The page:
The EU has substantially expanded the definition of personal data under the GDPR. To reflect the types of data organisations now collect about people, online identifiers such as IP addresses now qualify as personal data. Other data, like economic, cultural or mental health information, are also considered personally identifiable information.
Pseudonymised personal data may also be subject to GDPR rules, depending on how easy or hard it is to identify whose data it is.
Anything that counted as personal data under the Data Protection Act also qualifies as personal data under the GDPR.
When can people access the data we store on them?
Under the aim of giving people more control over their information, GDPR ensures people can ask to access their data at “reasonable intervals”, with controllers having a month to comply with these requests. Both controllers and processors must make clear how they collect people’s information, what purposes they use it for, and the ways in which they process the data. The legislation also says that firms must use plain language to convey these things clearly and coherently to people: it’s time to wave goodbye to those confusing, dense terms and conditions.
People have the right to access any information a company holds on them, and the right to know why that data is being processed, how long it’s stored for, and who gets to see it. Where possible, data controllers should provide secure, direct access for people to review what information a controller stores about them.
They can also ask for that data, if incorrect or incomplete, to be rectified whenever they want.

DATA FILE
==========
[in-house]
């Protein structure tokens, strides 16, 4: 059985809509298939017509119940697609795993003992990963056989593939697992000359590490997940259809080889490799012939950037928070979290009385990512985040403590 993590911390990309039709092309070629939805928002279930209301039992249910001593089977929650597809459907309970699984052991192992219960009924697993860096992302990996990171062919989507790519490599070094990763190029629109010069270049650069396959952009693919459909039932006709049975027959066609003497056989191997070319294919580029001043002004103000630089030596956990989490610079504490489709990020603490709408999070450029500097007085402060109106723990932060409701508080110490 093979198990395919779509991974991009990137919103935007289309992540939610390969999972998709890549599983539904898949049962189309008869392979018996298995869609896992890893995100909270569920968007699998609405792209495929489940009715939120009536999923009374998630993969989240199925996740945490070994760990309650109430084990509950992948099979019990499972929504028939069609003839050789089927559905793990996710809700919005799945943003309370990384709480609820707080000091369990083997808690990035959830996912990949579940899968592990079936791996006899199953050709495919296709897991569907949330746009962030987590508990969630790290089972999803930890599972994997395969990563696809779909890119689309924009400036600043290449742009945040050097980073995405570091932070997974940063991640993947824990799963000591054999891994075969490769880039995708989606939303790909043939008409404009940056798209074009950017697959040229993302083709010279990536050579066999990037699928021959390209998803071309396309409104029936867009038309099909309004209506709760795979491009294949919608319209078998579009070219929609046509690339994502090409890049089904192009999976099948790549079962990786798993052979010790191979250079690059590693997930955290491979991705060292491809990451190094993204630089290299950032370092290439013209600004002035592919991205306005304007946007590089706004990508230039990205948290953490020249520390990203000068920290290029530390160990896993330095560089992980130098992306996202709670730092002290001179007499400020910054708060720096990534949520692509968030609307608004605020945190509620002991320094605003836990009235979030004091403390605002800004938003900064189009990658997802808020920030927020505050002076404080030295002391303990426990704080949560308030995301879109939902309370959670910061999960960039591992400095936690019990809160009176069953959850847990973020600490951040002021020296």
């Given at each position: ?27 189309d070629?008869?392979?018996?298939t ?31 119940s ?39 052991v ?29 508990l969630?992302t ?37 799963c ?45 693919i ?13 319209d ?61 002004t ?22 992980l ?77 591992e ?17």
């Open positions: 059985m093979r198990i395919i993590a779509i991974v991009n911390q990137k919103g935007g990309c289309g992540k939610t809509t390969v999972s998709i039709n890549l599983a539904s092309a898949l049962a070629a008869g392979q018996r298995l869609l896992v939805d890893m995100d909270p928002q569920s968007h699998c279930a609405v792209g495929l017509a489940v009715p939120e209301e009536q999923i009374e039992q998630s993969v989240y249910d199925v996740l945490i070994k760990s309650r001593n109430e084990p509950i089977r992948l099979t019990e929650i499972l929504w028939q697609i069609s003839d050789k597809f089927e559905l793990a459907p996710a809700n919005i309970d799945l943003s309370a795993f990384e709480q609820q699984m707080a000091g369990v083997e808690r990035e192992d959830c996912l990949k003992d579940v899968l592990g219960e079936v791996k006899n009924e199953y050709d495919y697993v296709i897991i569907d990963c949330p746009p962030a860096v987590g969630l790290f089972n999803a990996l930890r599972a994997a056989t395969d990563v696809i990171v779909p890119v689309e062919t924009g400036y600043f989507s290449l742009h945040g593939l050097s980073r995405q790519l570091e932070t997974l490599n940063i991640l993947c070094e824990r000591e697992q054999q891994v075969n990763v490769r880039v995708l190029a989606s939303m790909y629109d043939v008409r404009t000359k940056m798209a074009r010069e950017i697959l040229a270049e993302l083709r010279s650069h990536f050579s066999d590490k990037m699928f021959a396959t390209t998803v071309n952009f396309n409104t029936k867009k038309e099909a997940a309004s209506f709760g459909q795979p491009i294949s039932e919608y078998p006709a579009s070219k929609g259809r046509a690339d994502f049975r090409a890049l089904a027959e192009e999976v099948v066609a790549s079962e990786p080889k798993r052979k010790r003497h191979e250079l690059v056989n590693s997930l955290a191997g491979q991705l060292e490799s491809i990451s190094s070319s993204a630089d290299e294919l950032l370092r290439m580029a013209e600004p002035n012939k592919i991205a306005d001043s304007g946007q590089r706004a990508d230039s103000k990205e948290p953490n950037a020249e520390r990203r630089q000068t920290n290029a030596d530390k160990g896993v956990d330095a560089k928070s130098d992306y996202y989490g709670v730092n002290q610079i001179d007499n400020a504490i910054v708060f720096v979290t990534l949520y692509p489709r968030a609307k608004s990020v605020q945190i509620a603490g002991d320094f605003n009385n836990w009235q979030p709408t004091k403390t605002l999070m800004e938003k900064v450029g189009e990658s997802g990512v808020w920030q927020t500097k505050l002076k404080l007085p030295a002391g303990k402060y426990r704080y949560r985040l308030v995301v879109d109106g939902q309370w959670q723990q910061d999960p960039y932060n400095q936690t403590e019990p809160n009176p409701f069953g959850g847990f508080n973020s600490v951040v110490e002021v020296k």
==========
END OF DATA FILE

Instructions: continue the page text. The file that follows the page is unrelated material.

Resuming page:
What’s the ‘right to be forgotten’?
GDPR makes it clear that people can have their data deleted at any time if it’s not relevant anymore – i.e. the company storing it no longer needs it for the purpose they collected it for. If the data was collected under the consent model, a citizen can withdraw this consent whenever they like. They might do so because they object to how an organisation is processing their information, or simply don’t want it collected anymore.
The controller is responsible for telling other organisations (for instance, Google) to delete any links to copies of that data, as well as the copies themselves.
What if they want to move their data elsewhere?
Then you have to let them – and swiftly: the legislation means citizens can expect you to honour such a request within four weeks. Controllers must ensure people’s data is in an open, common format like CSV, meaning that when it moves to another provider it can still be read.
What if we suffer a data breach?
It’s your responsibility to inform your data protection authority of any data breach that risks people’s rights and freedoms within 72 hours of your organisation becoming aware of it.
But even before you call the data protection authority, you should tell the people affected by the data breach. Those who fail to meet the 72-hour deadline could face a penalty of up to 2% of their annual worldwide revenue, or €10 million, whichever is higher.
However, it’s important to note that while the maximum fines that can be issued will become much higher under GDPR, the legislation stipulates that they must remain “proportionate” to the breach. Also, if you can demonstrate that you work hard to ensure your organisation is compliant with GDPR, the ICO would likely not issue as high a fine in the event of a breach as it would otherwise.